to some of these titles, cancel all the paper except for two and save one in the north and one in the south for archiving purposes.
Evelyn Goldfield: That will cost the publishers money.
Richard Lucier: Right, it will cost the publishers money. That is correct.
Robert de Levie, Georgetown University: You have talked about journals. How about books?
Richard Lucier: It depends on what kind of books you are talking about. I think that digital technology can be very useful for reference books and reference databases. If you are talking about certain kinds of scholarly treatises in the humanities, I don't think we are going to see widespread replacement there at all in the immediate future. I think the digital technologies are going to take much greater hold in the sciences early on. The humanities, and less so the social sciences, are probably 5 to 10 years behind.
Robert de Levie: Even though those books nowadays are produced mostly in digital form?
Richard Lucier: Yes.
Robert de Levie: You mentioned $2.5 million gained. Is that because you reduced the number of subscriptions from nine to one, and what is the offsetting cost of not knowing whether 5 years from now you will have to buy the paper copies anyway?
Richard Lucier: We won't because we won't have gotten rid of all of the paper. We are making certain that we maintain in storage facilities—we have a storage facility in the north and the south—paper copies should we need to do that.
The $2 million plus was gained by expanded access. So, for example, you might have had 30 ACS subscriptions at Berkeley and at LA but only 5 at Riverside and 8 at Santa Cruz, and now everybody at all nine campuses is getting access to all as well as the fact that the access for, let us say, Berkeley alone, which may have subscribed to all of them, costs less because we went as part of a consortium. So, there are savings in those two areas.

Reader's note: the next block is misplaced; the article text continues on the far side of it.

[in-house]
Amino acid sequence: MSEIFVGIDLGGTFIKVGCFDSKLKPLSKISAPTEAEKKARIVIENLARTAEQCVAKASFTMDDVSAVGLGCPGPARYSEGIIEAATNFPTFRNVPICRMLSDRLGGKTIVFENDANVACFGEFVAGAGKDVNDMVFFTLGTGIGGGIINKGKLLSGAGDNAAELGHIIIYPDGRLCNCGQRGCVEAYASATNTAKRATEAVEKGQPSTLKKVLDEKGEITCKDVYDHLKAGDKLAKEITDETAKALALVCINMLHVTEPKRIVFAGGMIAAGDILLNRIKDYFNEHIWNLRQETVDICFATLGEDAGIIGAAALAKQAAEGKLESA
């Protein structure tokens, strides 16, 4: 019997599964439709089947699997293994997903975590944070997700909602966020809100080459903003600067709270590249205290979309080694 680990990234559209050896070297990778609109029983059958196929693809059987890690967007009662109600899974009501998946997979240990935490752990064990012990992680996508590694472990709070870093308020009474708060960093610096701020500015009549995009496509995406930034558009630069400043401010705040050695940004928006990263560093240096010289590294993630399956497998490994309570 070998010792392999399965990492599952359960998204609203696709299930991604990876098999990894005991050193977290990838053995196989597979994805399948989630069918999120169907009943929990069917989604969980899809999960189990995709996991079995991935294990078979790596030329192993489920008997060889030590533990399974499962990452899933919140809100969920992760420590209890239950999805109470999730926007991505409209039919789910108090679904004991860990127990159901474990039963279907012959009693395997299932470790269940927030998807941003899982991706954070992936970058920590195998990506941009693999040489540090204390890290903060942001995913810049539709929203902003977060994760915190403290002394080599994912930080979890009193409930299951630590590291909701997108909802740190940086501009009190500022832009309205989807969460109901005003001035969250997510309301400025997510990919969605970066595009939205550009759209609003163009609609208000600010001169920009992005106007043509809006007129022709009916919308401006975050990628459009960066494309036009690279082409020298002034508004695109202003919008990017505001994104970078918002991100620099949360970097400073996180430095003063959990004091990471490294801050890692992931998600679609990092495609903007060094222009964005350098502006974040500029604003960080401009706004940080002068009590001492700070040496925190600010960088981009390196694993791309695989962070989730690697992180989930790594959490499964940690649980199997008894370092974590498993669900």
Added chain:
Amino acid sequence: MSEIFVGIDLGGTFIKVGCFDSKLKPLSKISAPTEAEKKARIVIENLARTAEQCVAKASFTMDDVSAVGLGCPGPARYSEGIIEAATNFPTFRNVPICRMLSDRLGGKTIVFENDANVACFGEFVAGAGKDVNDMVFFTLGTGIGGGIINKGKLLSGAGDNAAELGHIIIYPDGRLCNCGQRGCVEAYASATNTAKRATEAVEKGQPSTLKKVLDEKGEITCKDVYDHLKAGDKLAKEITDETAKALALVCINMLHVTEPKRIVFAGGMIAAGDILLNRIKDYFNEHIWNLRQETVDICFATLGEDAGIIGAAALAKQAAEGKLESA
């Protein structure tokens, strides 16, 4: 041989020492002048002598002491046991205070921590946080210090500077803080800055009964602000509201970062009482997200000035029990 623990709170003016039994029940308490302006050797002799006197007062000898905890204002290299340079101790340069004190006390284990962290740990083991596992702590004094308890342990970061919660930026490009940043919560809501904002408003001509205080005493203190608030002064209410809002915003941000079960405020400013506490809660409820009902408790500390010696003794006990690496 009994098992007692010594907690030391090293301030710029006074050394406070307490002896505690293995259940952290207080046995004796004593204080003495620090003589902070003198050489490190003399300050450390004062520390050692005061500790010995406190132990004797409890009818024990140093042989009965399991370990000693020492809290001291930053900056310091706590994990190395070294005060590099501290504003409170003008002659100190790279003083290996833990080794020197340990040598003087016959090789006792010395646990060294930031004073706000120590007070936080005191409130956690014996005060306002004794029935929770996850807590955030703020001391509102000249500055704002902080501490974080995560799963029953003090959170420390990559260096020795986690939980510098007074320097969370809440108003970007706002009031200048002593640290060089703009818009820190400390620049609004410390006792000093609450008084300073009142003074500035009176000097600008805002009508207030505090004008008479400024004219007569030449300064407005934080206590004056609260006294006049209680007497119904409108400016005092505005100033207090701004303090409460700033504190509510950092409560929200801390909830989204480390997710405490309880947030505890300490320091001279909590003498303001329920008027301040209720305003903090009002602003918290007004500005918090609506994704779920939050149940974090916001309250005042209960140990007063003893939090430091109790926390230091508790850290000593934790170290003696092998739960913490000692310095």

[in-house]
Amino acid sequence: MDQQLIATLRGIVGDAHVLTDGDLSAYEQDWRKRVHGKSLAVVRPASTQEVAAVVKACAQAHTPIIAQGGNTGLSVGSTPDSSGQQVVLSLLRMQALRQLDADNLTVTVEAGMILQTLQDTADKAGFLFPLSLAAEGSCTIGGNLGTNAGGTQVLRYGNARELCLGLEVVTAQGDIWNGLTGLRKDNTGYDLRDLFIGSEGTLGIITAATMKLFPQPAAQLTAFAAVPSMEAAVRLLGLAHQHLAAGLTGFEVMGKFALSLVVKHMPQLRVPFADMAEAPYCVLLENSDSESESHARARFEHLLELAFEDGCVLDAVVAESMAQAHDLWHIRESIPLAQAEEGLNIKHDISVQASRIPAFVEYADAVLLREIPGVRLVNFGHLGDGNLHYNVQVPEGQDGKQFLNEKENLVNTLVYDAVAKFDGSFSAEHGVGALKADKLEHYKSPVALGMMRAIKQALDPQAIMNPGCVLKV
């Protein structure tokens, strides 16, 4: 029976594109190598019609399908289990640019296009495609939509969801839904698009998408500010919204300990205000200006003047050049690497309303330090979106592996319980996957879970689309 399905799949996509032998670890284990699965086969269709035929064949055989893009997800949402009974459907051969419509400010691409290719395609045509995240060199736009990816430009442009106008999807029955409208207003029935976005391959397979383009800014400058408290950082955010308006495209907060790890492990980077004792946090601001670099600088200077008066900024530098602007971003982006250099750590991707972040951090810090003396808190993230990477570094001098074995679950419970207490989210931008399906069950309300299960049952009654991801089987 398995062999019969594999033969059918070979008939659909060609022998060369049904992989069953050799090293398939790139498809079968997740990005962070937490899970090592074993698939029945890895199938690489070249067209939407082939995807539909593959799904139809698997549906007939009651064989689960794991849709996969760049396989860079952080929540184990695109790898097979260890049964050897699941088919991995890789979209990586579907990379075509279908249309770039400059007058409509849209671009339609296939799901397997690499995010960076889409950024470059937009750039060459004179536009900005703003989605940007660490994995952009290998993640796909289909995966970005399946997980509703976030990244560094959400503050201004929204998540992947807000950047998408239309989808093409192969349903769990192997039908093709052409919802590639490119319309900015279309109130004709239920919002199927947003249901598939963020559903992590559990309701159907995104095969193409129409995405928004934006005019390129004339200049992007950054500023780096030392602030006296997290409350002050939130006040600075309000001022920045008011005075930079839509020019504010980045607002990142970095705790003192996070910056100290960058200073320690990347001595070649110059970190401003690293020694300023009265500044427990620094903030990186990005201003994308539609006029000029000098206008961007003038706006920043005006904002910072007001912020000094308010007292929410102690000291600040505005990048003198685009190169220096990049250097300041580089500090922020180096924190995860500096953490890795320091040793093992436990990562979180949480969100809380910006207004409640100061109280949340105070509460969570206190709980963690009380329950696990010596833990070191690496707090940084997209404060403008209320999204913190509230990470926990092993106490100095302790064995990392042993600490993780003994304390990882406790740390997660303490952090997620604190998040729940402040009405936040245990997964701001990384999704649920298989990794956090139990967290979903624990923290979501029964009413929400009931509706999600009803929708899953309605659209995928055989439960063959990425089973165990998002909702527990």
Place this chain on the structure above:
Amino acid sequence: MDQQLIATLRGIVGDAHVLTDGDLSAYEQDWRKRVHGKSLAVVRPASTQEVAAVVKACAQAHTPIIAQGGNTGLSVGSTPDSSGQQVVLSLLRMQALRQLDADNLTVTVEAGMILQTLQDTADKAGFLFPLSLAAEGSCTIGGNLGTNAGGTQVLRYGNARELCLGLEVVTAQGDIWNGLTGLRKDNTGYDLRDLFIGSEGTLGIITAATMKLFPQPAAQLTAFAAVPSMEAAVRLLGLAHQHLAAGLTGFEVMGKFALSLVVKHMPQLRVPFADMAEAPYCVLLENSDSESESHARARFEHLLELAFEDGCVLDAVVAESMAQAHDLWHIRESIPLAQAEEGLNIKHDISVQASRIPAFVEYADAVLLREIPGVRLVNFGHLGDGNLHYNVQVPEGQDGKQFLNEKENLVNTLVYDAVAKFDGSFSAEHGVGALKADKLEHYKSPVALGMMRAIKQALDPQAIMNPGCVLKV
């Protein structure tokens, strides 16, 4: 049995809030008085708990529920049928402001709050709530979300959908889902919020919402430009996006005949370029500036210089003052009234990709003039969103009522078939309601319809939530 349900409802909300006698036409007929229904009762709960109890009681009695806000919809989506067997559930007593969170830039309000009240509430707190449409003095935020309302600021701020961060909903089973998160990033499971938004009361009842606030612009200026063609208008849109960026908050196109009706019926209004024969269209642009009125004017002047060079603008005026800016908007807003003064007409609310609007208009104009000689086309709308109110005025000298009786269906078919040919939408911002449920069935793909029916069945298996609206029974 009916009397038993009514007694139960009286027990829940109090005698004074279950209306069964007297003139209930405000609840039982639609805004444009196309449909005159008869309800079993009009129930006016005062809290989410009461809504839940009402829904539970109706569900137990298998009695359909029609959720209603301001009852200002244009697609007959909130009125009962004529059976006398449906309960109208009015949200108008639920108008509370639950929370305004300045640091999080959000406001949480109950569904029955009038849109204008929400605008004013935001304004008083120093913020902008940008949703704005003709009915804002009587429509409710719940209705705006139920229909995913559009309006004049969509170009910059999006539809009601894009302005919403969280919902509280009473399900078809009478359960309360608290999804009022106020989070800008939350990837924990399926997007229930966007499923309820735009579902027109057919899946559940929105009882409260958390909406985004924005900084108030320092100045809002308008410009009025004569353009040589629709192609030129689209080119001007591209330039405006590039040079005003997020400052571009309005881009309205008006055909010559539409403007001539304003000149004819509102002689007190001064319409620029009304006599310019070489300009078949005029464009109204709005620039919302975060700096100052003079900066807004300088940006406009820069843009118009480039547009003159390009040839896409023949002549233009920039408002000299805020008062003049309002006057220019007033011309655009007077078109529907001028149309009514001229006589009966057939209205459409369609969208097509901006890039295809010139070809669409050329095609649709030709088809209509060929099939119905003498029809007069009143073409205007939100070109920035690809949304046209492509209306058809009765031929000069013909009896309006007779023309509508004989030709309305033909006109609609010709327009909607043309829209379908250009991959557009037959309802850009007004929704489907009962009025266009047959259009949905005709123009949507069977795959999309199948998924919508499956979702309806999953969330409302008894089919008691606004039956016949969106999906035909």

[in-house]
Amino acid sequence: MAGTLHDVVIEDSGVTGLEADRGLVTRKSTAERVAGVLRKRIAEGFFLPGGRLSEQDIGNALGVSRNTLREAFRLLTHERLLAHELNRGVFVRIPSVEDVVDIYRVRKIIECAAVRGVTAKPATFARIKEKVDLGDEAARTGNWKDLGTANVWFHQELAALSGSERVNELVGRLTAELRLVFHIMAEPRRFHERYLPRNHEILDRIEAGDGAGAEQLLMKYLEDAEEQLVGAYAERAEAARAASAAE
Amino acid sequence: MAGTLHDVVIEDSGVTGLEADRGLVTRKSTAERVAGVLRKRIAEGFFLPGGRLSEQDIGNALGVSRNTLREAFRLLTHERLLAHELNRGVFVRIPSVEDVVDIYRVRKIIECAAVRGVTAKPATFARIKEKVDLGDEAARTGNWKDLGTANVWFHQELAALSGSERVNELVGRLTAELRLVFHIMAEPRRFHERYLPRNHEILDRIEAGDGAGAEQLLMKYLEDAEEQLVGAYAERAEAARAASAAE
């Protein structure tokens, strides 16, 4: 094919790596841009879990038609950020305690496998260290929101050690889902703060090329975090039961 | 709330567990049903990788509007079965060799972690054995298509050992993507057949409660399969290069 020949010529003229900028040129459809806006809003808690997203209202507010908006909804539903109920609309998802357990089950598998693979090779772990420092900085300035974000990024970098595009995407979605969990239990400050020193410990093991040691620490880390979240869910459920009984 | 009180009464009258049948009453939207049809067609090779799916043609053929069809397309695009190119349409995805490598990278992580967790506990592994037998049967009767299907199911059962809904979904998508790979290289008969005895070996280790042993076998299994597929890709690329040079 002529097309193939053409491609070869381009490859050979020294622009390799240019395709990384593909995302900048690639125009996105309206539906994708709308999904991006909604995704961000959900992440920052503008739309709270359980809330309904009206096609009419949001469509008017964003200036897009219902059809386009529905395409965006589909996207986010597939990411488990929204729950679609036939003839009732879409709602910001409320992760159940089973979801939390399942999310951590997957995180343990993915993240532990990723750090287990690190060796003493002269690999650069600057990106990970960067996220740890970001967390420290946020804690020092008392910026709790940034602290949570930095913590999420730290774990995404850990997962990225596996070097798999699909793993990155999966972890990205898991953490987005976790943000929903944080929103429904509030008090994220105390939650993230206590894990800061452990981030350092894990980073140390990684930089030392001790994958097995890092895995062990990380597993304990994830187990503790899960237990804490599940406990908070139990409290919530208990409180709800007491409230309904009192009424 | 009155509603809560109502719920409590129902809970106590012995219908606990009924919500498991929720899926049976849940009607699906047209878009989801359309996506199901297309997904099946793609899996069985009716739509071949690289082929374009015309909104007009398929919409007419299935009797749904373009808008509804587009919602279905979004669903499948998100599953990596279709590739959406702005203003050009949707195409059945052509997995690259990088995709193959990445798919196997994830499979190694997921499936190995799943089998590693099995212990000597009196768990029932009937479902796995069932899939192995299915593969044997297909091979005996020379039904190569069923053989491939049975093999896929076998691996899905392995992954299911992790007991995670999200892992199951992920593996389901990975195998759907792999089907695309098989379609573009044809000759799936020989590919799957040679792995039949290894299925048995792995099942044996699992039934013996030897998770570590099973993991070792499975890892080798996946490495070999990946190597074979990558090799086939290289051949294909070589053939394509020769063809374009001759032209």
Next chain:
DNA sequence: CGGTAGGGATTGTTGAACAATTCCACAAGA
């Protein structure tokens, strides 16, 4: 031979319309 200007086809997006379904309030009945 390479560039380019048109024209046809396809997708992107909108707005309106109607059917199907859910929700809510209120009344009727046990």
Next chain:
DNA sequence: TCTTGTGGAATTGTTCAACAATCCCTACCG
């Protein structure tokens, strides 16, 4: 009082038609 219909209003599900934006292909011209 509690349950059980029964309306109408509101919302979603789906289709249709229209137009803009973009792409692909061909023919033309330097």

Gintaris Reklaitis, Purdue University: One of the most important and underappreciated resources in the entire publications review process is the reviewers. Clearly as the publications process continues to expand, the demands on the reviewers will also. Do any of the business models that you are examining for scientific publication take into account this important resource and how we might stimulate it to handle this expansion?
Richard Lucier: The model where the university moves into publishing very much takes advantage of that resource, which is part of the university already. Essentially what we do now for the most part is give it away the commercial publishers at no cost so that they can then add a huge mark up to it when we buy back that information that has been peer reviewed by our faculty, and so it makes perfect sense for the university or federations of universities to do that together.
My problem with the Highwire model is that it is one university, and science and scholarship cut across universities too much, and it makes much more sense in my opinion to try to federate this in some way across groups of universities rather than try to go solo, and that is why UC isn't pursuing that particular strategy.